Most residential leases in New York, including proprietary leases for cooperative apartments as well as ordinary rental leases, provide that if the landlord prevails in litigation against the tenant arising from the tenant’s breach of the lease, the landlord is entitled to recover its attorneys’ fees. Section 234 of the New York Real Property Law (RPL) provides that any such provision in a residential lease is automatically deemed to be reciprocal, so that if the tenant is the prevailing party in a proceeding arising from an alleged breach of the lease, the tenant is entitled to recover reasonable legal fees from the landlord. In several recent cases, courts have had to address what types of litigation will trigger an award of attorneys’ fees under this statute.

 

Graham Court Owners Corp. v. Taylor, 2014 WL 211224, 2014 N.Y. Slip Op. 00311 (1st Dep’t Jan. 21, 2014), is a recent appellate decision applying RPL 234. In this case, the Appellate Division concluded, by a divided vote of 3 to 2, that the tenant was entitled to recover its attorneys’ fees. The tenant had moved into what he was told was a non-rent-regulated apartment in Manhattan. He subsequently filed a rent overcharge claim with the New York City Department of Housing and Community Renewal (DHCR), asserting that the apartment was rent-regulated. The landlord argued that the apartment became deregulated because it performed $60,000 in renovations before the tenant took occupancy. The tenant asserted that he, not the landlord, renovated the apartment, and the DHCR upheld the tenant’s position.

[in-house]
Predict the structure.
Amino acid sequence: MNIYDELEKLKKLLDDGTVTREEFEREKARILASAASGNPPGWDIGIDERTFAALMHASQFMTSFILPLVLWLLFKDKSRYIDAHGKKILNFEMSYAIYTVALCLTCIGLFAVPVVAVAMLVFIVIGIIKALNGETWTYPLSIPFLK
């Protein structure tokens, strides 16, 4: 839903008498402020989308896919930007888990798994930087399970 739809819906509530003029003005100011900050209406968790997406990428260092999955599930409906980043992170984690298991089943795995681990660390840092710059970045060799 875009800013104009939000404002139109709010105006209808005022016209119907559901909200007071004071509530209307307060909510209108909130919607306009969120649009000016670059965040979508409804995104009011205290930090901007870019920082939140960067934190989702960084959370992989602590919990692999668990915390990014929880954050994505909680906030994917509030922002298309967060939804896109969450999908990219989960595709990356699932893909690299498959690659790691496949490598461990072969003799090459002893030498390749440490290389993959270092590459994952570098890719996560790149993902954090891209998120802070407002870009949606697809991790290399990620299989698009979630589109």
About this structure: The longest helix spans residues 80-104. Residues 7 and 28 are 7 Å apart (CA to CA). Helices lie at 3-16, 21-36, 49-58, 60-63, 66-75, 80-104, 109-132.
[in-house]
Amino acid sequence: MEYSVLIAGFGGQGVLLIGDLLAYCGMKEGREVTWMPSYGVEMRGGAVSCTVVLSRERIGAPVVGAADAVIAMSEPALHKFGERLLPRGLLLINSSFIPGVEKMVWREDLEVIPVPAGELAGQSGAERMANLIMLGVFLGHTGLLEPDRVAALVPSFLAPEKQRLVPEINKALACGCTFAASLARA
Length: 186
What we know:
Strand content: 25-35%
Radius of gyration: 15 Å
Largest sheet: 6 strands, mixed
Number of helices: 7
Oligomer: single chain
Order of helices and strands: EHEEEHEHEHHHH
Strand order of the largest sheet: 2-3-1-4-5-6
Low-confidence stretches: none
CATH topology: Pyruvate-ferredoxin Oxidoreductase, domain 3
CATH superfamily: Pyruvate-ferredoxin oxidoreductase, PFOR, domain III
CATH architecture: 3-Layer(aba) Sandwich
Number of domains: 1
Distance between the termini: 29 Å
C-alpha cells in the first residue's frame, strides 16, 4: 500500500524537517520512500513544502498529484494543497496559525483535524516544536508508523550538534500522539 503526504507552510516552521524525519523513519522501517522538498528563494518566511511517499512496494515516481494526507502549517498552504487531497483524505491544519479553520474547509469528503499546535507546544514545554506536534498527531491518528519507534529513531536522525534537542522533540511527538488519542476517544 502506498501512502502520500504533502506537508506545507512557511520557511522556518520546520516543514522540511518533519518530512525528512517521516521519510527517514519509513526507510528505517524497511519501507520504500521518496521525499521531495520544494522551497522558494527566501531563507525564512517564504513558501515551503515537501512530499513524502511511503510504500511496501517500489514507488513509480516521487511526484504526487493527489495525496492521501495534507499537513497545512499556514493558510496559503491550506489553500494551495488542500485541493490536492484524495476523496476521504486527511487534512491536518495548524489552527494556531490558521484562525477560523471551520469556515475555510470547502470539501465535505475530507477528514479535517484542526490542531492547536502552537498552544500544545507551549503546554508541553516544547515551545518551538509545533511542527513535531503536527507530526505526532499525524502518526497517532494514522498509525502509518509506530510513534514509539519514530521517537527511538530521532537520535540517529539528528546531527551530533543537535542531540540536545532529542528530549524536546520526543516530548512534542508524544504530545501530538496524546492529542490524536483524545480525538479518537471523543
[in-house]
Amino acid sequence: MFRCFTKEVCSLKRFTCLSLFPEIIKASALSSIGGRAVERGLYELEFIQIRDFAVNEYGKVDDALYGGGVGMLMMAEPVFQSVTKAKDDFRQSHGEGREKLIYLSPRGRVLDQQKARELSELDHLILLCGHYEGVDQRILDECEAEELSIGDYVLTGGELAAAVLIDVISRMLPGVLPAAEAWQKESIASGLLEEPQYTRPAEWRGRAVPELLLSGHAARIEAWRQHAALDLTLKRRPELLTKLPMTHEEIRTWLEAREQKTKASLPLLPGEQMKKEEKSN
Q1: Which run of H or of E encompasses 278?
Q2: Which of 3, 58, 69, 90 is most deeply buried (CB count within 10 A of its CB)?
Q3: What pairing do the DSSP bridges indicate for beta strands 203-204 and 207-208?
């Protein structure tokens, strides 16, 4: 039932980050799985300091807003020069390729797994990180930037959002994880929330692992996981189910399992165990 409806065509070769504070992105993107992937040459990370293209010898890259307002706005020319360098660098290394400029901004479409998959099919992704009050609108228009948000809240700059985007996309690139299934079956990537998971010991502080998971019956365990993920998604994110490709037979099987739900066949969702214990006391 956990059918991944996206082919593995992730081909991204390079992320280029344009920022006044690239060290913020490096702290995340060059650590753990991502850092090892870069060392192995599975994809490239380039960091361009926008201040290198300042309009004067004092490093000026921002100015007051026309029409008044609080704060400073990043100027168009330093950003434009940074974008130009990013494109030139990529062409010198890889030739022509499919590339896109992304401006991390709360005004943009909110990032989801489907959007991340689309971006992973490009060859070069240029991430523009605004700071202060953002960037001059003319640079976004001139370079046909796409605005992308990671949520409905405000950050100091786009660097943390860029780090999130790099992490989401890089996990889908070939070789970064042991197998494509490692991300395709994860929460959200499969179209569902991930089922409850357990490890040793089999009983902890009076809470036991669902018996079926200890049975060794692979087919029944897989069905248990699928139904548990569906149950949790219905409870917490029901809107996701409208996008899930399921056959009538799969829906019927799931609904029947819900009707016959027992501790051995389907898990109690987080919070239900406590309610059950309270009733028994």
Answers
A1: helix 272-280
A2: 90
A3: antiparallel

Soon after, the landlord filed a holdover proceeding, seeking to evict the tenant for making unauthorized changes to the apartment. The Civil Court ruled for the tenant, finding that the landlord’s key witness was not credible. The tenant sought attorneys’ fees under RPL 223-b, which authorizes an award of fees where an eviction proceeding is retaliatory, as well as under RPL 234.

 

The applicable lease provision in this case provided that if the lease was terminated as a result of the tenant’s default, the landlord would be entitled to re-let the apartment. The lease further provided that any rent received from re-letting the premises would be first used to pay the landlord’s expenses, including legal fees, before being applied to any amounts the tenant owed under the prior lease. The Appellate Division ruled that this lease provision triggered the application of RPL 234, so that the prevailing tenant was entitled to recover its legal fees.

 

In its decision, the court acknowledged that some of its prior rulings on this issue had been inconsistent. However, it concluded that a lease provision providing for the landlord to recoup its attorneys’ fees after eviction and re-letting had the same substantive effect as an express lease provision providing for the landlord to recover fees, so RPL 234 applied equally to both. The case was remanded to the trial court to determine the amount of the fee award. Because fees would be awarded under RPL 234, the court found no need to determine whether the tenant was also entitled to them under RPL 223-b.